With Apple, their marketing strategy was to produce a cool/showy gizmo... something that people got envious of, absolutely had to have and showed off when they got one. Remember the first time you ever saw an iPod, iPhone or iPad? From there, the thing spread like wildfire - "everyone" had to have one.

What you're seeing with regards to corporate IT is that it's easier to use existing systems management tools to manage tablet devices that fall into the PC category than it is to manage tablets that run iOS or Android - most organizations have to add another product to manage them, which leads to infrastructure sprawl.

It'll be interesting to see where things go from here...

Andrew Hornback
InformationWeek Contributor
Andrew Hornback
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Andrew Hornback,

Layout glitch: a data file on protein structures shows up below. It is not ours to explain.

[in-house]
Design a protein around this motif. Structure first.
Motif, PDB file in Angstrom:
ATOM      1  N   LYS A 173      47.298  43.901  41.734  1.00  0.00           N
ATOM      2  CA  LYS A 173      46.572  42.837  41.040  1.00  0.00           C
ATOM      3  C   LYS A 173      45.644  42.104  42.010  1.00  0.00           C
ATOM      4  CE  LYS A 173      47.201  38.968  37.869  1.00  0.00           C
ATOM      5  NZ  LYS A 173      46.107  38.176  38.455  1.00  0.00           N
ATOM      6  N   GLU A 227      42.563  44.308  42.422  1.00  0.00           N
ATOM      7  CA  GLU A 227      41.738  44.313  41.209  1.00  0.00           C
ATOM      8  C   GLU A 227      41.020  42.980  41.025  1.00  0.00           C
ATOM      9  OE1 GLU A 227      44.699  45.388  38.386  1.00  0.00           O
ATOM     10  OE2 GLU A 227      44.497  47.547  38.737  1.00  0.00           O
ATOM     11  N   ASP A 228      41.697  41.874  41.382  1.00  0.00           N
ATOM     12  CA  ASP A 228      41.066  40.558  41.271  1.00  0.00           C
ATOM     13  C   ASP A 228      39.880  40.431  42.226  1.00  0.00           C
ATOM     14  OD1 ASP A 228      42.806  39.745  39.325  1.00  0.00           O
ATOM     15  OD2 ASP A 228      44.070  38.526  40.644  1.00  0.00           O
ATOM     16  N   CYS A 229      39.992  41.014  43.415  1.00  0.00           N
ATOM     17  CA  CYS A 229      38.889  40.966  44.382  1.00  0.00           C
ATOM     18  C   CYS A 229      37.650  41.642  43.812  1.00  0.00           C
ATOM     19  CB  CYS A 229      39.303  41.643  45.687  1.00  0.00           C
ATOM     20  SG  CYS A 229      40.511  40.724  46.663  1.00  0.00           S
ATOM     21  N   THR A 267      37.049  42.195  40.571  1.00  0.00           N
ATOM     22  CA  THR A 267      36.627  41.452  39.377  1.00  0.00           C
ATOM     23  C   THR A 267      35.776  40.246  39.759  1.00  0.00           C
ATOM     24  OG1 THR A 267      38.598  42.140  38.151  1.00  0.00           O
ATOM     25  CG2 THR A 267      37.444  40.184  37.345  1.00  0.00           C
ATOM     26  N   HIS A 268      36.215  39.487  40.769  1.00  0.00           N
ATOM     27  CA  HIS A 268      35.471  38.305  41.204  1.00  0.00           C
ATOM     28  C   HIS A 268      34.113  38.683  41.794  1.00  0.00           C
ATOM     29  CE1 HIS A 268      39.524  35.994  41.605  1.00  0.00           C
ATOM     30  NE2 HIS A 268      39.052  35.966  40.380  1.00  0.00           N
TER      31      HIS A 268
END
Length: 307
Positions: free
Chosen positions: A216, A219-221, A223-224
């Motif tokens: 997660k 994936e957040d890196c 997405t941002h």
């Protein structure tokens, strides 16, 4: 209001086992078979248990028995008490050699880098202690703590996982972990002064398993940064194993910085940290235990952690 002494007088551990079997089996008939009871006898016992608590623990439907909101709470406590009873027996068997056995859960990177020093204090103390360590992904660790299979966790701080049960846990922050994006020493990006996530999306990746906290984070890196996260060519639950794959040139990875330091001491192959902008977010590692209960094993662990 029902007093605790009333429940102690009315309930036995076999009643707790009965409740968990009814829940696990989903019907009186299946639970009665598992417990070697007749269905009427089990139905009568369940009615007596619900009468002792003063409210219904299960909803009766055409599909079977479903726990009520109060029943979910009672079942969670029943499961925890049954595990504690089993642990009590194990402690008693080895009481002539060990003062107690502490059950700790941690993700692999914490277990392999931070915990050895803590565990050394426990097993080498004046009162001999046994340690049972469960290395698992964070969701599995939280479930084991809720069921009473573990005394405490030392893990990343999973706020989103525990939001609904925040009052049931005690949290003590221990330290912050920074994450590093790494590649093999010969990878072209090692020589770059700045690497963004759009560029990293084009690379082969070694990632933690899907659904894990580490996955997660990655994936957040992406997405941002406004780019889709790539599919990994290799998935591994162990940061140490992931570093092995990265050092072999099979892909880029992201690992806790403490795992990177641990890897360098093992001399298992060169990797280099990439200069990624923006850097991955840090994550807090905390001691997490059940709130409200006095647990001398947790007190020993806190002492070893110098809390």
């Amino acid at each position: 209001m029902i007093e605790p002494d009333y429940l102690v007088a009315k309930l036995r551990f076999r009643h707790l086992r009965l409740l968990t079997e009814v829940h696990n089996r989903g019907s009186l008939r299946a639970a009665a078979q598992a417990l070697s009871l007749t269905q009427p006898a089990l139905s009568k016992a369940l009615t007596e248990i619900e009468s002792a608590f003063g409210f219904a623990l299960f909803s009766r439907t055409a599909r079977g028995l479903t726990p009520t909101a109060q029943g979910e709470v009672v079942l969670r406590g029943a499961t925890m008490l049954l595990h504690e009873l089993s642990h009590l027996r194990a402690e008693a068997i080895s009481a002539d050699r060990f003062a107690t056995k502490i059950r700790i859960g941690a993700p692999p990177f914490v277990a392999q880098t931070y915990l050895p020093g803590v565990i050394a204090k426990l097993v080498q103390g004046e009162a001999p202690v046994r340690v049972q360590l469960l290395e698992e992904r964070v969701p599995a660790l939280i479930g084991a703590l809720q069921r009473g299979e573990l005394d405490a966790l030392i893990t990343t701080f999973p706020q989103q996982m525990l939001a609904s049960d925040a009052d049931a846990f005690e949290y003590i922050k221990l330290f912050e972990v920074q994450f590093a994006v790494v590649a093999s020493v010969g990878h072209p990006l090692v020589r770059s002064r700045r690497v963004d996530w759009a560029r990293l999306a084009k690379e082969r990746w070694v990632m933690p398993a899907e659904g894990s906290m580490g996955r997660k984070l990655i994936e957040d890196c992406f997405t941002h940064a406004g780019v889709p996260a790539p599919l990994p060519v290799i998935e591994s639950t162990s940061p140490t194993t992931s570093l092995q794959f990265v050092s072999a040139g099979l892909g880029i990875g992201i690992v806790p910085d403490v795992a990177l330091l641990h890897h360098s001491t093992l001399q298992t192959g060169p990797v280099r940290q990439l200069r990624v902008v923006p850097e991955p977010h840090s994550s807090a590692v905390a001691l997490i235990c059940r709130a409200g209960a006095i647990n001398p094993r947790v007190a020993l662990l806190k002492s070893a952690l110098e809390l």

User Rank: Apprentice
8/9/2012 | 9:12:03 PM
re: Lenovo Windows 8 Tablet Has IT In Mind
No, but they could fully embrace Google's Android platform...
mikey2724
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mikey2724,
User Rank: Apprentice
8/9/2012 | 4:44:53 PM
re: Lenovo Windows 8 Tablet Has IT In Mind
I think the Lenovo marketing department missed the boat by naming their tablet computers, ThinkPad Tablet and IdeaPad Tablet. The ThinkPad and IdeaPad product lines are laptop computers, the ThinkCenter and IdeaCenter product lines are desktop computers, so create new product lines for tablet computers called, ThinkTab and IdeaTab.
TerryB
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TerryB,
User Rank: Ninja
8/9/2012 | 4:40:14 PM
re: Lenovo Windows 8 Tablet Has IT In Mind
Acer has so much leverage here. What are they going to do, write a new o/s for their hardware? Just put Linux on their hardware? Good luck with that, Acer.